The RTM of the Town of Greenwich, the town's legislative body, is expected to pass a new noise reduction ordinance at its meeting this coming Tuesday, January 16, 2024. This decision should be postponed because there are many problems associated with the current proposed regulations and all impacts have not yet been researched and addressed.
Many people, especially those with lots of neighbors, suffer from noise pollution in part coming from backpack blowers during the summer months. For those who work at home and participate in Zoom meetings, without the use of headphones, the noise is disruptive.
However, when you compare the Stihl battery powered backpack blower BGA300 with their lightest most powerful 4-stroke gas powered backpack blower the BR800 X Magnum, the electric blower produces 59 decibels of noise compared to the gas blower which produces 78 decibels. The noise reduction between electric and gas is 19 decibels. This is not an even comparison as the gas blower is more powerful and can clear the property in less time. A homeowner electric handheld blower, the EGO Power+ 670 CFM a handheld electric leaf blower, has a noise level of 64 dB is legally permitted under the proposed regulations even though it's much louder than the commercial Stihl BGA300.
The blowing force of the electric blower is 26 newtons with a maximum velocity of 192mph while the gas blower has a blowing force of 41 newtons and a maximum velocity of 239mph. The gas blower has 1.577 times the blowing force of the electric blower and 1.245 faster blowing speed in mph. This means that although the gas blower is noisier by 19 decibels, it can do the job in approximately 2/3rds of the time.
In terms of weight, the electric blower with battery weighs 37.9 pounds compared to the gas blower which weighs 23.1 pounds. This is a 14.8 pound difference in weight. Landscapers and their employees who are working all day with much heavier electric blower are at greater risk of back injury including disc compression. This will lead to a higher rate of back injuries, some permanent, with the electric blowers.
Some workers, because of the increased risk, will not take the job. Landscapers will likely face higher Workers Compensation Insurance rates that they will pass onto customers, something which has not been factored into the discussions, nor has the additional time it will take to clean a lawn with gas-powered lawn equipment.
The safety recommendation for regular backpacks is 15-20% of body weight. However, because landscapers often work on irregular terrain, there might be even greater risk of injury to workers' backs and especially their knees. Electric backpack blowers probably weigh more than the recommended safety limit for the average landscaping employee.
The final problem with the electric blowers relates to costs and battery charging. The BGA300 blower costs $700 plus the cost of two batteries which each last 2 hours and 20 minutes max at $1,300 each and a charger at $180 for a total of $3,480. Only one charger can be placed on a 15-amp line meaning that the landscaper would need one independent 15-amp circuit breaker per battery. With higher amperage, more could be charged per line. Since most equipment is stored in non-electrified sheds, the batteries would need to be charged elsewhere. Is under 5 hours of battery power, even under the best conditions, enough power to last for a whole day’s work? For some landscapers, the costs of compliance will be too high and they will be forced to leave the business.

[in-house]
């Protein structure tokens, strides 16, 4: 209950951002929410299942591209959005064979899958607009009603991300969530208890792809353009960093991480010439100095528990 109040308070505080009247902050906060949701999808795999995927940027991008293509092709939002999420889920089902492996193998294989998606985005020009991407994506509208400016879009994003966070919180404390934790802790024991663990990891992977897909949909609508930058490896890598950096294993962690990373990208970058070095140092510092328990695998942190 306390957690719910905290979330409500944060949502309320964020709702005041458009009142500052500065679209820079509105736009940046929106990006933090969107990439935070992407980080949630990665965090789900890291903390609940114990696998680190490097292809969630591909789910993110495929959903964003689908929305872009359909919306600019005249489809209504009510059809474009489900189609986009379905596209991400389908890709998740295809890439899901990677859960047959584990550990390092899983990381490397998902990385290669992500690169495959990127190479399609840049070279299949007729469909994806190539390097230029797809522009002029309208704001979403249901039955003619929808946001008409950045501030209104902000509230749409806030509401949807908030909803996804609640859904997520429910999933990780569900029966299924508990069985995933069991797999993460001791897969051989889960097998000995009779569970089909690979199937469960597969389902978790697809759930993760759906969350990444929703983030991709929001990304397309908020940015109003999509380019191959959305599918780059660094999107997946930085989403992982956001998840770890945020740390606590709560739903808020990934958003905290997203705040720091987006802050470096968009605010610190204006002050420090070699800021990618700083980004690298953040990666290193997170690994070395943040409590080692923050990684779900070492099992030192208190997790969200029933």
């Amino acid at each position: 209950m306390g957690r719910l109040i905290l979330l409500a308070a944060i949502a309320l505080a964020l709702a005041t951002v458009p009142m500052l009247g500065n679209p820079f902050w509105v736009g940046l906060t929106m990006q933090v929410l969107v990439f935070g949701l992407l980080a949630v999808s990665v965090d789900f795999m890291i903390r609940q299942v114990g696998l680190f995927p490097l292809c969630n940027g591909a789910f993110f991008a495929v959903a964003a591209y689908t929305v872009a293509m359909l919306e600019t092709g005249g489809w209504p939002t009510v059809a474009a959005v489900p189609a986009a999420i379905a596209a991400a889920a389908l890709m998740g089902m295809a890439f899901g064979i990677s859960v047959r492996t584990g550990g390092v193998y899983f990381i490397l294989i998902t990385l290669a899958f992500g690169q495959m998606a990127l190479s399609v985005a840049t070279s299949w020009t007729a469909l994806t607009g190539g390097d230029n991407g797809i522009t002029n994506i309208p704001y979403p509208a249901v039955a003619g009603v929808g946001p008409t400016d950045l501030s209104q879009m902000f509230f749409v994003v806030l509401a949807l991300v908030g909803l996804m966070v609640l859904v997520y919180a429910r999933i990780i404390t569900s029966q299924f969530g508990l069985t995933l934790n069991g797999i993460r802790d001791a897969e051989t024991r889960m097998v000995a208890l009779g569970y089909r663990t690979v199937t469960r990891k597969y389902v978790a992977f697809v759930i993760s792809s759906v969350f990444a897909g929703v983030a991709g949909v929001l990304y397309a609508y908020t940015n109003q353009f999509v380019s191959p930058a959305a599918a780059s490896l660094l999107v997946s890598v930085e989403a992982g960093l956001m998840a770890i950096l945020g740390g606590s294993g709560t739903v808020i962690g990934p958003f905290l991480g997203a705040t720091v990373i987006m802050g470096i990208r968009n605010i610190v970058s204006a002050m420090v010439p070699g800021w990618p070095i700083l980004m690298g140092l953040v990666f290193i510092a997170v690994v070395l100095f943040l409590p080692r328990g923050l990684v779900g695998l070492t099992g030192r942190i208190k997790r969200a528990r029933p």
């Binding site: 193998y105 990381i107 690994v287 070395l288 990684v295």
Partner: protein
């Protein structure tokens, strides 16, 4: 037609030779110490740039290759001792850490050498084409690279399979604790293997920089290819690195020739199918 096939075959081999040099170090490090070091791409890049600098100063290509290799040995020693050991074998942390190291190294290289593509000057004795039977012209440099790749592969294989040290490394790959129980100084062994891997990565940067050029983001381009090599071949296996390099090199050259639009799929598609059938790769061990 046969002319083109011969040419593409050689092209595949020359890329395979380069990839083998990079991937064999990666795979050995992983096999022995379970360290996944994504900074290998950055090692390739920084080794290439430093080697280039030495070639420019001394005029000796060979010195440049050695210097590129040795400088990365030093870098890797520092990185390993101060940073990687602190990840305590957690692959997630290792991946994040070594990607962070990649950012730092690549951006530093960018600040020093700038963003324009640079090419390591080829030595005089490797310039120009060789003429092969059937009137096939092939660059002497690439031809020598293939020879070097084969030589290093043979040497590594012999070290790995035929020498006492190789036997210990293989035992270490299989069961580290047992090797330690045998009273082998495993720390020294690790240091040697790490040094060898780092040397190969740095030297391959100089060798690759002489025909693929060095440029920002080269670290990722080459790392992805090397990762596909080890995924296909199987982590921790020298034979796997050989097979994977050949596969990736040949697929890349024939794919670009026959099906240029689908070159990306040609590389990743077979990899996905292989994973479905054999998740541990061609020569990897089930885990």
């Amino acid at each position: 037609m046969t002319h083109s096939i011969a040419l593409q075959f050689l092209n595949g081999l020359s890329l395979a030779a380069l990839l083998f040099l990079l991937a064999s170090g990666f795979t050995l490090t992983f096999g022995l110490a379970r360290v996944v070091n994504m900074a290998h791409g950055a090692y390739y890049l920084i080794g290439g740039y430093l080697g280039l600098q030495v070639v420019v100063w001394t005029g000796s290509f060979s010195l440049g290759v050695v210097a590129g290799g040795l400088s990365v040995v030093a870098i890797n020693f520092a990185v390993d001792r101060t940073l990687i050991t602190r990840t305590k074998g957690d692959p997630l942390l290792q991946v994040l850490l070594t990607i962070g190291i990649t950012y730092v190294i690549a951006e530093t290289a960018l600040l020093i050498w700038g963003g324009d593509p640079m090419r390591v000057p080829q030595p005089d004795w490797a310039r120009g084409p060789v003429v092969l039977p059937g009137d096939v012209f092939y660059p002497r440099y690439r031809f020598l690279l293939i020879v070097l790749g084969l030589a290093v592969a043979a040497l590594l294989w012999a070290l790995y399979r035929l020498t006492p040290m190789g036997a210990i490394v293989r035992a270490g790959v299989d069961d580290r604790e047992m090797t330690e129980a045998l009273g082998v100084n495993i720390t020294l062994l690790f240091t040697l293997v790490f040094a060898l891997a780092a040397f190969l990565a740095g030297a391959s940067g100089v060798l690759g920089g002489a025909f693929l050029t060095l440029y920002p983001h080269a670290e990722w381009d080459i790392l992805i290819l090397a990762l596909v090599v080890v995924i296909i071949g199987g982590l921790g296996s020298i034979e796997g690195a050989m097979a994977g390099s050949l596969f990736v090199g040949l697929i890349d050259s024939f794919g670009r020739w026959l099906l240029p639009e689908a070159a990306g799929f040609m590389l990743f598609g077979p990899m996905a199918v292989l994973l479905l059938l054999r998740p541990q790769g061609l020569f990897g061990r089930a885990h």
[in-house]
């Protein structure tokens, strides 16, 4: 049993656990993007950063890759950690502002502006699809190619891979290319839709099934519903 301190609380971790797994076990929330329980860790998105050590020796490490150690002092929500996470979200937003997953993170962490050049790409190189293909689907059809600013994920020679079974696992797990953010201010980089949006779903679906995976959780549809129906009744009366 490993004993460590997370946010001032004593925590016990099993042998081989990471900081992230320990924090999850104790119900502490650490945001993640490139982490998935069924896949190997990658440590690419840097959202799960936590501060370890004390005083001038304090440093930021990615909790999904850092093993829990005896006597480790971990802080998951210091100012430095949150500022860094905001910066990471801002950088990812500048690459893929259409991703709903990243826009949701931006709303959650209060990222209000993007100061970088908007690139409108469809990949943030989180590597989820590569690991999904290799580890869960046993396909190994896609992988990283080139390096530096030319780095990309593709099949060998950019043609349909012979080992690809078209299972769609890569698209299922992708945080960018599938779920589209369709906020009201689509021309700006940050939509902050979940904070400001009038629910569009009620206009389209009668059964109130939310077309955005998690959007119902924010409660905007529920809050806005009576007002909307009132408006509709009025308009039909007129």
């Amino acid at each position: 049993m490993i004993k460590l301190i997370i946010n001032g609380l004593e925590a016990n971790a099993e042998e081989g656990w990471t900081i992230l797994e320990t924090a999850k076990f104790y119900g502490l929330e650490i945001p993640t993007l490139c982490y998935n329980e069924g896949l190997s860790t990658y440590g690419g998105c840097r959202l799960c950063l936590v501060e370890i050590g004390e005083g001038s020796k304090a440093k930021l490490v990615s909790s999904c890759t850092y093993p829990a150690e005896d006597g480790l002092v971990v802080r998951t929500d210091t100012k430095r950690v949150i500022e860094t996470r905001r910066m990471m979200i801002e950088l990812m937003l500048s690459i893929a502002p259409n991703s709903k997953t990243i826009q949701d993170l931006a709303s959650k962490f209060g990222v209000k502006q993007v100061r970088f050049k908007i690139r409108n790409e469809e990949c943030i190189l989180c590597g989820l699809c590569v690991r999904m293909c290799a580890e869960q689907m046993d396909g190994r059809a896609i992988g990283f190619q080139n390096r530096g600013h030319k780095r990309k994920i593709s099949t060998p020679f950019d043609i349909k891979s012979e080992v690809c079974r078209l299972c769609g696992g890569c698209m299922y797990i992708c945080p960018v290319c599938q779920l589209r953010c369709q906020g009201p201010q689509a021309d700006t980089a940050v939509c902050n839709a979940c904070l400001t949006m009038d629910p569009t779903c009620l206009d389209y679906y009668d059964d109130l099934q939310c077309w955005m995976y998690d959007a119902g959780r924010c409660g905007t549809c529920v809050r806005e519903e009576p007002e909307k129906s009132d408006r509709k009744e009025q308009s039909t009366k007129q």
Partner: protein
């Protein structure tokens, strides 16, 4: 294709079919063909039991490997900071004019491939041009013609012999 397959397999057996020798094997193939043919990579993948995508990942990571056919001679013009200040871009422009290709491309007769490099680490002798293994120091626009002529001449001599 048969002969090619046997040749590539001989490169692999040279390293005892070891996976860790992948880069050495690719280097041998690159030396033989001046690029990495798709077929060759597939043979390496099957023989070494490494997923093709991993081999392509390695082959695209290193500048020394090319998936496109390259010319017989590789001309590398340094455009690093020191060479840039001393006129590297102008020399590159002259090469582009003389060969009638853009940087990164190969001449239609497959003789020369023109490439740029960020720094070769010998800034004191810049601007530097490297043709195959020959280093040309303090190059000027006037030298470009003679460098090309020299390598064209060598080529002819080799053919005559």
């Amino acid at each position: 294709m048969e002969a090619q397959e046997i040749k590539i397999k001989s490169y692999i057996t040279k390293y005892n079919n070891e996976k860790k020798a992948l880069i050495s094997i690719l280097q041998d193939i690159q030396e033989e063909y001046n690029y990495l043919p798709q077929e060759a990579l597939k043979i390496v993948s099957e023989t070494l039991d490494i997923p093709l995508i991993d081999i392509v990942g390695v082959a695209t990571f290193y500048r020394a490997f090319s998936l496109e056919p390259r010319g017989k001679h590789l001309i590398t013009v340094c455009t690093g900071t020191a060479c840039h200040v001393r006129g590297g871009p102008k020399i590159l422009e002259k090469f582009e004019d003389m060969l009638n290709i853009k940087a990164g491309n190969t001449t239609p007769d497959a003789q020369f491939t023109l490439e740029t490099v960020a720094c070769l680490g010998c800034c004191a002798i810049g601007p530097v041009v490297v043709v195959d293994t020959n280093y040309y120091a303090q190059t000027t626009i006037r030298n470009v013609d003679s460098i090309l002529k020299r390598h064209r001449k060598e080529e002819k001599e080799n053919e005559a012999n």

Landscapers predict that the monthly fee for landscaping will increase by 40% if the new noise regulations are implemented.
The transition to electric backpack blowers, will not yield the expected results. Lawn-care will take longer at a lower noise level which is not necessarily an improvement. Costs will rise by 40%. Lawn care workers will be placed at higher risk of temporary and permanent back injuries. There are lots of logistic problems with transitioning to electric blowers. In the end is this all worth a 19 decibel reduction in maximum noise level which will be experienced at longer times as the battery powered blowers will be used for longer duration to do the same task as a gas powered blower?
Also, the batteries must be cool before charging and lithium ion batteries have been subject to recent spontaneous fires. If they have to be charged in the field, the landscaper will also need even more spare batteries because of the cooling time delay.
I believe that the RTM should do its diligence, take all factors into consideration including the issues raised in this article, publicize the results, and then hold open public hearings prior to making a decision how to address the noise issue in Greenwich. A poorly thought out ordinance that does not take into consideration all of the pros and cons will result in premature legislation which will cause issues well beyond the gain of quieter lawn equipment. Such potential consequences could become town or homeowner liabilities by directing landscapers and their employees how to do their jobs in a way that causes greater physical harm, and under OSHA, such landscapers my have to add additional breaks due to the increased strain which further reduces liability.
In addition, with this door to noise ordinance and manner of how one must conduct their business operations, as far fetched as it may seem, these policies could find their ways into other businesses like hair salons as hair dryers operate at 80-90 decibels which is lower than a vacuum but on par with most blenders.